This interview contained various other intriguing responses. For instance, when asked about the start of construction, the founding rector humorously replied, "(...) I'm glad you're asking when it will begin rather than when it will end! Because practically, it will never truly end." This was all in pursuit of the university's ability to "expand its reach," a development driven by research needs and the influx of students. The interview's title encapsulated its essence: "Fraústo Silva explains that administrative bottlenecks won't prevent the launch of NOVA University Lisbon."
INSTITUTIONS (TEMPORARY...) AND ORGANIC UNITS
Slightly over a year following the initial publication in the Government Gazette, the study outlining the five scientific areas for development was finalized in September 1974. These areas encompassed exact and natural sciences, human and social sciences, arts, applied and technological sciences, and medical and paramedical sciences.
Another year passed, and on November 11, 1975, Manuel Laranjeira assumed the role of the first elected Rector. He completed the new Founding Commission alongside two other members: José-Augusto França and Leopoldo Guimarães. However, this academic year – 1975/76 – was marked by the inauguration of the Computer Engineering degree program in the provisional facilities of the Seminary of Olivais.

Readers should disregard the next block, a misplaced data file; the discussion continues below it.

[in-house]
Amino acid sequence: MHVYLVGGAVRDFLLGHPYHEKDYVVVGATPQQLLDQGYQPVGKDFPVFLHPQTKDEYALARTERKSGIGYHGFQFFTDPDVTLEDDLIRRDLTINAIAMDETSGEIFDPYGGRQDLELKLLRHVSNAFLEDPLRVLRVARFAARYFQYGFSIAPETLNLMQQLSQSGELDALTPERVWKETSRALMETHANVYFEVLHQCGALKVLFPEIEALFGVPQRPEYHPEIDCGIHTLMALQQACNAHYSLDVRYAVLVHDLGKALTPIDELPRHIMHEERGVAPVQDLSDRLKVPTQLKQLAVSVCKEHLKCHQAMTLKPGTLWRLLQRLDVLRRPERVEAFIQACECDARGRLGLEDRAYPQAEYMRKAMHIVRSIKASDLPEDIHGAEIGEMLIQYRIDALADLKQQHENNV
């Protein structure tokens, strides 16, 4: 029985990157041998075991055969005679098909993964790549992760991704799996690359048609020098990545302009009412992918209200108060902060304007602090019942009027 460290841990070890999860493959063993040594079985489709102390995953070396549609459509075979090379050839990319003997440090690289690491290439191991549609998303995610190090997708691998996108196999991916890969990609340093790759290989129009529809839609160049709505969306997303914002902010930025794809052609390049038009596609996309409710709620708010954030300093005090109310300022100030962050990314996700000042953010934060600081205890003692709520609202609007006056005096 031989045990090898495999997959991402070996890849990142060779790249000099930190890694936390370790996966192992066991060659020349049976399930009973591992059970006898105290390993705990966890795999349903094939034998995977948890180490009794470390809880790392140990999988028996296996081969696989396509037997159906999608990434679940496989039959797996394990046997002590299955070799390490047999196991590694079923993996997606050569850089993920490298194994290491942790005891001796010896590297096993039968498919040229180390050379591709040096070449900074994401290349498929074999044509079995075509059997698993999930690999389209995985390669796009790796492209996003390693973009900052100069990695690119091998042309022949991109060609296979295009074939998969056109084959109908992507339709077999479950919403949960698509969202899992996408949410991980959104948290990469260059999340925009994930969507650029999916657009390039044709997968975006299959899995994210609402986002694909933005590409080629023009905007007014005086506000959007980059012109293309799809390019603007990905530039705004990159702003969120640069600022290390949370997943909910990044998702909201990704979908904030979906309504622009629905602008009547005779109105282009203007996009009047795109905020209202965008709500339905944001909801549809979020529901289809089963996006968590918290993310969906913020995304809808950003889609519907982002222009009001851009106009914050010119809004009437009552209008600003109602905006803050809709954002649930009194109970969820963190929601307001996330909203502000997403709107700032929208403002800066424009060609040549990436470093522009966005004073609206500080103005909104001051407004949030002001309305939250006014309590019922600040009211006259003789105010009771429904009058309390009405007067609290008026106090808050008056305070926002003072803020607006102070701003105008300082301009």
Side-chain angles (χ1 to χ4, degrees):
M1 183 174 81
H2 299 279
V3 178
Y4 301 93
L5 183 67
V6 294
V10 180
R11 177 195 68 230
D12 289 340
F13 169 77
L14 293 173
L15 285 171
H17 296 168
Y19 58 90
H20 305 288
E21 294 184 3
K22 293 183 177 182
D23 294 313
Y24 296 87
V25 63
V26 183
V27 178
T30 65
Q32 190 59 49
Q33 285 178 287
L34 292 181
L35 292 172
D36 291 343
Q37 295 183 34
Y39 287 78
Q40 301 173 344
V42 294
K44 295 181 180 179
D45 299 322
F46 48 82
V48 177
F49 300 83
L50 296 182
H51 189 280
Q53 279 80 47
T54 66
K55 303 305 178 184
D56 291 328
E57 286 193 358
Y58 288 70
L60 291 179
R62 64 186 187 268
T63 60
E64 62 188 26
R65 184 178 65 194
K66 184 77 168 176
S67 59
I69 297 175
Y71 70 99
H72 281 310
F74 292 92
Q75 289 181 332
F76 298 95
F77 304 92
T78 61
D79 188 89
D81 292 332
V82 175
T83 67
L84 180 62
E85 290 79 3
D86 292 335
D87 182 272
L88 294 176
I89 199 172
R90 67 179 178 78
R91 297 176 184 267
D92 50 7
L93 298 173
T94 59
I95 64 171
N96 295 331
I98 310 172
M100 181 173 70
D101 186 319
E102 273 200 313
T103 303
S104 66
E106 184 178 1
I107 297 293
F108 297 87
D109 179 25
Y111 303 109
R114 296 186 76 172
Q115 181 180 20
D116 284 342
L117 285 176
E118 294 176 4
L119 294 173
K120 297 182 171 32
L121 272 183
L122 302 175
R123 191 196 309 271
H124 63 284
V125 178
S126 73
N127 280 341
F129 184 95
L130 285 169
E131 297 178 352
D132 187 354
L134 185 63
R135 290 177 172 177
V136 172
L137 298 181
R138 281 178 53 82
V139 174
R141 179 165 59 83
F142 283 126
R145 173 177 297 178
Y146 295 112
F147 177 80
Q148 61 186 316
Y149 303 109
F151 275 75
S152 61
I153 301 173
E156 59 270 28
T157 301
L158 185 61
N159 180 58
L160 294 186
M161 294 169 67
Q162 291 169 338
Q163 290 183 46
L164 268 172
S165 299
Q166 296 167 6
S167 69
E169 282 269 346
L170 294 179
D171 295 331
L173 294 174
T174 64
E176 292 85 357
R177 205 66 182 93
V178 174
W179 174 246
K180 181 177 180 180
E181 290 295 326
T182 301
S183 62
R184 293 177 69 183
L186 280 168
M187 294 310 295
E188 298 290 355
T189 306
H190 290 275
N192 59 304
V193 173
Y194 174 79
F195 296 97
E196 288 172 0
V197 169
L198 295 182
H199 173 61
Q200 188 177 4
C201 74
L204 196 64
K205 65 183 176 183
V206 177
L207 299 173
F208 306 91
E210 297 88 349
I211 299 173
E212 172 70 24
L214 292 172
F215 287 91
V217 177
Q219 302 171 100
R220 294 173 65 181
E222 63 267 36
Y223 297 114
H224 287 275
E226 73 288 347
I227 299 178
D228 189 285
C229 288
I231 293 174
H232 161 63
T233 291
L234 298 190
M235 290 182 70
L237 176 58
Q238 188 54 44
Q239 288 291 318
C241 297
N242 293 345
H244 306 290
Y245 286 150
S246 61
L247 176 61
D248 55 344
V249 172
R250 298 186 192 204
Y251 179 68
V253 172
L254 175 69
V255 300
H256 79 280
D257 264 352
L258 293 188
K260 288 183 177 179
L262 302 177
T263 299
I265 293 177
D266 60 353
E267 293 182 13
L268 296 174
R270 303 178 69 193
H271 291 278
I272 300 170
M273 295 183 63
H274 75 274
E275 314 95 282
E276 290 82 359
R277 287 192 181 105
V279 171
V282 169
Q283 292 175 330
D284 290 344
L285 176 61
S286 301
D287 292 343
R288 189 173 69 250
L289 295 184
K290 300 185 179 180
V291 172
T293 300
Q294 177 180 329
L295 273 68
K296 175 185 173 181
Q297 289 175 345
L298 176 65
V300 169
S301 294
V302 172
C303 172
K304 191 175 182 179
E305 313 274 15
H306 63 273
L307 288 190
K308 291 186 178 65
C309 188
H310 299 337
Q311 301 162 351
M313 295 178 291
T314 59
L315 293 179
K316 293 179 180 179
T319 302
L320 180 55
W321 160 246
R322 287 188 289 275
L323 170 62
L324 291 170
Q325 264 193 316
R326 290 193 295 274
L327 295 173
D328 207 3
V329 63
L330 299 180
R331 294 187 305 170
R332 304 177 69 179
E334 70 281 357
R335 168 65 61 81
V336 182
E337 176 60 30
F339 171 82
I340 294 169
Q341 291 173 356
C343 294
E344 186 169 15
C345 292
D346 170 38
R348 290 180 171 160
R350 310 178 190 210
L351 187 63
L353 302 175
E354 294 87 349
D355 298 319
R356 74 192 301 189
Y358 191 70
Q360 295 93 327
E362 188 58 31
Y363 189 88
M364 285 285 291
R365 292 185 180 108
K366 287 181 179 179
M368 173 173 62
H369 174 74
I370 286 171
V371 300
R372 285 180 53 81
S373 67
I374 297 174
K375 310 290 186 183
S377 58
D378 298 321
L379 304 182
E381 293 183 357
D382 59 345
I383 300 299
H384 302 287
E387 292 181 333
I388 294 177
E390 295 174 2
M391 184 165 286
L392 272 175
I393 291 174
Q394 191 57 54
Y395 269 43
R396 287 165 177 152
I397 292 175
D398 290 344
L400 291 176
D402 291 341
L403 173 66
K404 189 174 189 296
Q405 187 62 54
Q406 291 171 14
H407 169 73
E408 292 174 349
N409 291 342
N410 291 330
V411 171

Another year later, in November 1977, the Minister of Education, Mário Sottomayor Cardia, reorganized the university into four organic units: the Faculty of Science and Technology (FCT), the Faculty of Social and Human Sciences (FCSH), the Faculty of Economics (FE), and the Faculty of Medical Sciences (FCM).
The responsibility of setting up the installation committees for the newly created faculties and determining their respective locations fell to the third Rector, Alfredo de Sousa. Accordingly, the FCT was situated on the Caparica campus, the FCSH on Avenida de Berna, the FE in Campolide (after a temporary stint in Campo Grande), and the FCM in Campo de Santana.
The Rectory itself found its home in Príncipe Real, Lisbon, at Palace Ribeiro da Cunha, where it remained until 2005 when the newly constructed building on the Campolide campus was inaugurated.